The biggest group the ancient Greeks could feel patriotic about was the polis, the city-state - that is, the city with its supporting countryside. Bigger than that just didn't feel real to most Greeks.
For some Greeks, even the polis didn't quite feel real. For them, only the family and tribe was real, and many city-states in times of stress broke down into factions along tribal lines. For most Greeks, though, patriotism meant loving, serving, and defending your city-state.
The Greeks knew they shared a language, and a religion, and a culture, and a homeland, but somehow that still wasn't enough for them to feel they were a single people, nor that they were a nation. When the Persians attacked the Greeks, they were able to unite to fight their common enemy, but whenever they weren't under that kind of pressure they tended to fall back apart into city-states. The idea of Greece, of all the city-states united and working together, just wouldn't stick with them for long, just couldn't compete with the simpler idea of one's own home polis.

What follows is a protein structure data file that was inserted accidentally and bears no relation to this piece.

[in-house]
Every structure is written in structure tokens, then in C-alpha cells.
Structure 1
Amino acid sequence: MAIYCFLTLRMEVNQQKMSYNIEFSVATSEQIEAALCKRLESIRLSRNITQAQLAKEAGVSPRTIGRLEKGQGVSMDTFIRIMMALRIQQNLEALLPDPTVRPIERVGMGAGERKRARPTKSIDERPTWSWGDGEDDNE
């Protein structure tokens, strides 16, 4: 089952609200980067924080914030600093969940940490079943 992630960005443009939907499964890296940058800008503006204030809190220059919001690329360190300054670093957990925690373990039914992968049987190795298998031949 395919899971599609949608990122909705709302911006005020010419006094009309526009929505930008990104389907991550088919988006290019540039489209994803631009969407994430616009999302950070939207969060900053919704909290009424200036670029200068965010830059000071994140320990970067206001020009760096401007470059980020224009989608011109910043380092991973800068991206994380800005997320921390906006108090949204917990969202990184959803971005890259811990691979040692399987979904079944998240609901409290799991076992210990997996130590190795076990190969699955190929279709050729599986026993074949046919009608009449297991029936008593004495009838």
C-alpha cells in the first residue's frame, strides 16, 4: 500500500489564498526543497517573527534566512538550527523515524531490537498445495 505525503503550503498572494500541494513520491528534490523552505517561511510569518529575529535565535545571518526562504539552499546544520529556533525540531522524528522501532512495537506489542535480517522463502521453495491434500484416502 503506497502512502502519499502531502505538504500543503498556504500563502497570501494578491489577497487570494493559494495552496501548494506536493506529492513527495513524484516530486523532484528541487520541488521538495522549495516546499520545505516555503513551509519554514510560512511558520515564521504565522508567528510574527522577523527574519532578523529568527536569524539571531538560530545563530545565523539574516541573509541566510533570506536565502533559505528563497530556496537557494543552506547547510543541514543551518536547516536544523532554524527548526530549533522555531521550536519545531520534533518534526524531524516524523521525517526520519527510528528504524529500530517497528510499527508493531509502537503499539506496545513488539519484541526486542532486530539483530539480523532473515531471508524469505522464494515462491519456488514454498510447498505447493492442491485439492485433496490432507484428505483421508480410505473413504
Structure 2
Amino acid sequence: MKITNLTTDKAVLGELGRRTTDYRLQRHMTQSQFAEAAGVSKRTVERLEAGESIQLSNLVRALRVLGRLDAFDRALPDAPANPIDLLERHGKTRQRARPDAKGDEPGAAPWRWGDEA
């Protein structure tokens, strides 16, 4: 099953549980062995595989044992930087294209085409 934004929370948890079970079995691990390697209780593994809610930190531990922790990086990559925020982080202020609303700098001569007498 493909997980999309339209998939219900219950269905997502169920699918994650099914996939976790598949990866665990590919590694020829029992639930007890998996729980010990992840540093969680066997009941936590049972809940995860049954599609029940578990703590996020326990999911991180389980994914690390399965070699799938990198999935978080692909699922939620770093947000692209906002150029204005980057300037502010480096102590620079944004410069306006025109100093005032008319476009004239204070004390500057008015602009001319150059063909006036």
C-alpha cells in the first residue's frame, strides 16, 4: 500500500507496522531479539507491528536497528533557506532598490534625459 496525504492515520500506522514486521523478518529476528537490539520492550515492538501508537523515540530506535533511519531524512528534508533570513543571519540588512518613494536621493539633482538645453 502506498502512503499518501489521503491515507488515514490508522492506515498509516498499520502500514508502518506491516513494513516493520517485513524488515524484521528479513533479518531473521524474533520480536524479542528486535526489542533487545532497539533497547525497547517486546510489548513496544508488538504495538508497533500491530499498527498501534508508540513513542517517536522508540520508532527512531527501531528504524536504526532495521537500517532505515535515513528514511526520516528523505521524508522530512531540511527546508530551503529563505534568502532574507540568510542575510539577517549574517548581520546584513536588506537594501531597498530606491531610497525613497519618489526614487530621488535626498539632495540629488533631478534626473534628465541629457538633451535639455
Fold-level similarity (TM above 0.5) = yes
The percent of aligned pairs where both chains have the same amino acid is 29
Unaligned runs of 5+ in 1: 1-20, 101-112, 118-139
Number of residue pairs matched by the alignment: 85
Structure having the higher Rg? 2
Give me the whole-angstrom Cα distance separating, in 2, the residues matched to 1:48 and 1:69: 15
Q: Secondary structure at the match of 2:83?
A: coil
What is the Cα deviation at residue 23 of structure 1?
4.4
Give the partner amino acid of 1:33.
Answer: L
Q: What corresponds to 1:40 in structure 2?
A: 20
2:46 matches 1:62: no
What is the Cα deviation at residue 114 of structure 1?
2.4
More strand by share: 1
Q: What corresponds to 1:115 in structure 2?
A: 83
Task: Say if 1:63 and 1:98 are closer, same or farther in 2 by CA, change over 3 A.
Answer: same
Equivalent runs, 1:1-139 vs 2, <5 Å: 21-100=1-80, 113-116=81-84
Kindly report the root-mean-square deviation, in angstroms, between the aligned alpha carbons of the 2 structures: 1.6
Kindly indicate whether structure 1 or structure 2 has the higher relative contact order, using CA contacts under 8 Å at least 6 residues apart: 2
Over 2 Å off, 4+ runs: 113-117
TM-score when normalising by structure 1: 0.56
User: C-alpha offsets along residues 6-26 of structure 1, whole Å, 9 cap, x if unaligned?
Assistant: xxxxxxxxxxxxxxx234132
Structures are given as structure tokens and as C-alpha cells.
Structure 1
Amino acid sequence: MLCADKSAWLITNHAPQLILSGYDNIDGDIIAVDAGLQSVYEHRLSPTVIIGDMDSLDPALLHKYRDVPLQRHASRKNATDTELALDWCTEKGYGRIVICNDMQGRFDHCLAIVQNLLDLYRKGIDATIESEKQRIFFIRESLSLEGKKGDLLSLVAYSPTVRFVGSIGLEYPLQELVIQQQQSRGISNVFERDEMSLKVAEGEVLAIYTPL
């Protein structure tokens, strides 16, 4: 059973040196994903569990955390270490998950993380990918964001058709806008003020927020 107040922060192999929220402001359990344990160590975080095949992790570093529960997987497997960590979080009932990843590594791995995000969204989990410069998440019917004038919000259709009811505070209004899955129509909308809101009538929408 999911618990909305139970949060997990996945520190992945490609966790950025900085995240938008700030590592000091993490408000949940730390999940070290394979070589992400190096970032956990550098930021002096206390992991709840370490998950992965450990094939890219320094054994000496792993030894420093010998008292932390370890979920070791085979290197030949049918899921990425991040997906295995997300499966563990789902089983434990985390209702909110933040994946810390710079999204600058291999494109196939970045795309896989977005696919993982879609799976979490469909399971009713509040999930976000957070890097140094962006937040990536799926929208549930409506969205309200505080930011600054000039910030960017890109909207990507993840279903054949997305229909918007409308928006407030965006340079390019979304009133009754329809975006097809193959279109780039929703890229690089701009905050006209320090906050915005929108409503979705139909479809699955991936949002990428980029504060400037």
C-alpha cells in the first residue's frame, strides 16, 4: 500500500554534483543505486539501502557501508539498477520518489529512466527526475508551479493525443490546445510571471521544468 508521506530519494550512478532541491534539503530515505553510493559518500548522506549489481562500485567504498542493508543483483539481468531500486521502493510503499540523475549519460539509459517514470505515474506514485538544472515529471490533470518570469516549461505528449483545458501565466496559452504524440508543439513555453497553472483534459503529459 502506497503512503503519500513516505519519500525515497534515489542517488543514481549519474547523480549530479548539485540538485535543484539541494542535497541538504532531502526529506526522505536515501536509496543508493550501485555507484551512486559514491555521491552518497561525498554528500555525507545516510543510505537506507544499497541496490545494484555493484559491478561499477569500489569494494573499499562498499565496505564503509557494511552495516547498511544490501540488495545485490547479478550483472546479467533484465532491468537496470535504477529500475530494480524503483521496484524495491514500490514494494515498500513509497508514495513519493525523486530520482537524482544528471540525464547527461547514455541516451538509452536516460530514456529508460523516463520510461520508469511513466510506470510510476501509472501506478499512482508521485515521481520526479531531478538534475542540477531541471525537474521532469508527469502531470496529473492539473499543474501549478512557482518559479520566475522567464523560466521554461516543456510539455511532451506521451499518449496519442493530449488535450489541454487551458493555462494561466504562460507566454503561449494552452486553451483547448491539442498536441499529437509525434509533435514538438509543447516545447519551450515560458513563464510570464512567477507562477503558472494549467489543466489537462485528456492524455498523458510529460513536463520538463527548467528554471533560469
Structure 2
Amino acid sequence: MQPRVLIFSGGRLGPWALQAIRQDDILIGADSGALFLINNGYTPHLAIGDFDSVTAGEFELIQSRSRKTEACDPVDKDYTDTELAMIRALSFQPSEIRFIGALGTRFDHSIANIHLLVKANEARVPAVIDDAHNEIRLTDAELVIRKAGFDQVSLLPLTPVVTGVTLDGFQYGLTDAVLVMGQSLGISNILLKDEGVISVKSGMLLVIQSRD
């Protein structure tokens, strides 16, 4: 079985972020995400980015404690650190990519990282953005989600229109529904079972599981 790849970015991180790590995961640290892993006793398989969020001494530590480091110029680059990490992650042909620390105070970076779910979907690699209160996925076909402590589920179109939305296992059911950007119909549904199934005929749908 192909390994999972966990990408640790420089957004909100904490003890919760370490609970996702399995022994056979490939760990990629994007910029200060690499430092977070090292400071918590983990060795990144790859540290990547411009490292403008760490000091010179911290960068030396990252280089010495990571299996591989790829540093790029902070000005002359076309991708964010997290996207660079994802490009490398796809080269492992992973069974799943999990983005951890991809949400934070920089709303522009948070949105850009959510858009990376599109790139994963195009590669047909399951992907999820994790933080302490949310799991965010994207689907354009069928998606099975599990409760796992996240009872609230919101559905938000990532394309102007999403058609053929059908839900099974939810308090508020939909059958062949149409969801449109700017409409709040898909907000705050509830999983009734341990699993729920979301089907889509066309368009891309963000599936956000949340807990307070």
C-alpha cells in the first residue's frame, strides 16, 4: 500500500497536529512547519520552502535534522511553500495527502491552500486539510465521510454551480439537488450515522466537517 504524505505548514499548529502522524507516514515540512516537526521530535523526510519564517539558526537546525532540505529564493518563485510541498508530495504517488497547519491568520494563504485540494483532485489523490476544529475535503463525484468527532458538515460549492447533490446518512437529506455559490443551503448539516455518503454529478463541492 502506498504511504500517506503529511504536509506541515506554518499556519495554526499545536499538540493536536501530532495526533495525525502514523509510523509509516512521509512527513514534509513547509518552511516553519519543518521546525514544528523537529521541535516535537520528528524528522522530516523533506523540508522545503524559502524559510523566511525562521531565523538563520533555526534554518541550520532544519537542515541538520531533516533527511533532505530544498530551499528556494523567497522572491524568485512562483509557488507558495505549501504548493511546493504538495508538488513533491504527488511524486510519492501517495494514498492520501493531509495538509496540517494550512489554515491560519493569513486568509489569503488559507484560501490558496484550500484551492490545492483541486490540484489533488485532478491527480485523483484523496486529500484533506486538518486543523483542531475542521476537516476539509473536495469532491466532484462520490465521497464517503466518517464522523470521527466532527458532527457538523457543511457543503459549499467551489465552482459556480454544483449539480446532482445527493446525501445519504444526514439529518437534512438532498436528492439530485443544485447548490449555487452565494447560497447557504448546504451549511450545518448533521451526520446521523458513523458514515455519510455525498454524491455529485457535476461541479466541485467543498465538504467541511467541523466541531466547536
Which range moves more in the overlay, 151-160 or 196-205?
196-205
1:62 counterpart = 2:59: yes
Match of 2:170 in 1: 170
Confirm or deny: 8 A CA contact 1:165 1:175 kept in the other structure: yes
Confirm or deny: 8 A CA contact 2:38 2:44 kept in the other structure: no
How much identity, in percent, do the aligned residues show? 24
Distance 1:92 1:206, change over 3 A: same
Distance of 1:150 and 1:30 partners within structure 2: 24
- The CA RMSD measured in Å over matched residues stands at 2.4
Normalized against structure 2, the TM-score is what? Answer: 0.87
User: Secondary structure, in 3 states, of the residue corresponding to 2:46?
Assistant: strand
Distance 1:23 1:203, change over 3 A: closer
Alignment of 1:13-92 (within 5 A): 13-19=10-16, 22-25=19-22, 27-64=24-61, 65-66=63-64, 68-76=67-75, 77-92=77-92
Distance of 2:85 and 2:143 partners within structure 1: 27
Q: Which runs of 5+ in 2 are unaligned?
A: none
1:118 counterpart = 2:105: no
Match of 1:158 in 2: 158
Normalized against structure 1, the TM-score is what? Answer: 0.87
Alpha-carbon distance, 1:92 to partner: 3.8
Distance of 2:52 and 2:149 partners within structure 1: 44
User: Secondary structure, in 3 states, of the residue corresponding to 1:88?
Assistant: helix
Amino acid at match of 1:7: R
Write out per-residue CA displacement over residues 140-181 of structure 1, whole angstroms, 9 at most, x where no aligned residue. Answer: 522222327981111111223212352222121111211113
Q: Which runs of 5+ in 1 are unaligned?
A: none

As long as the relationship between people and polises remained Which side are you on? nobody could transcend the polis, and the history of Greece remained an endless civil war interrupted by periods of uneasy peace.
Although the Greeks had most of the makings of a mighty people, they couldn't stop fighting each other, and so their astonishing energies and innovations went into tearing each other down, leaving them vulnerable to conquest.
And indeed, eventually conquest found them, when Alexander the Great and his armies swept down from Macedonia and resolved all their conflicts for them.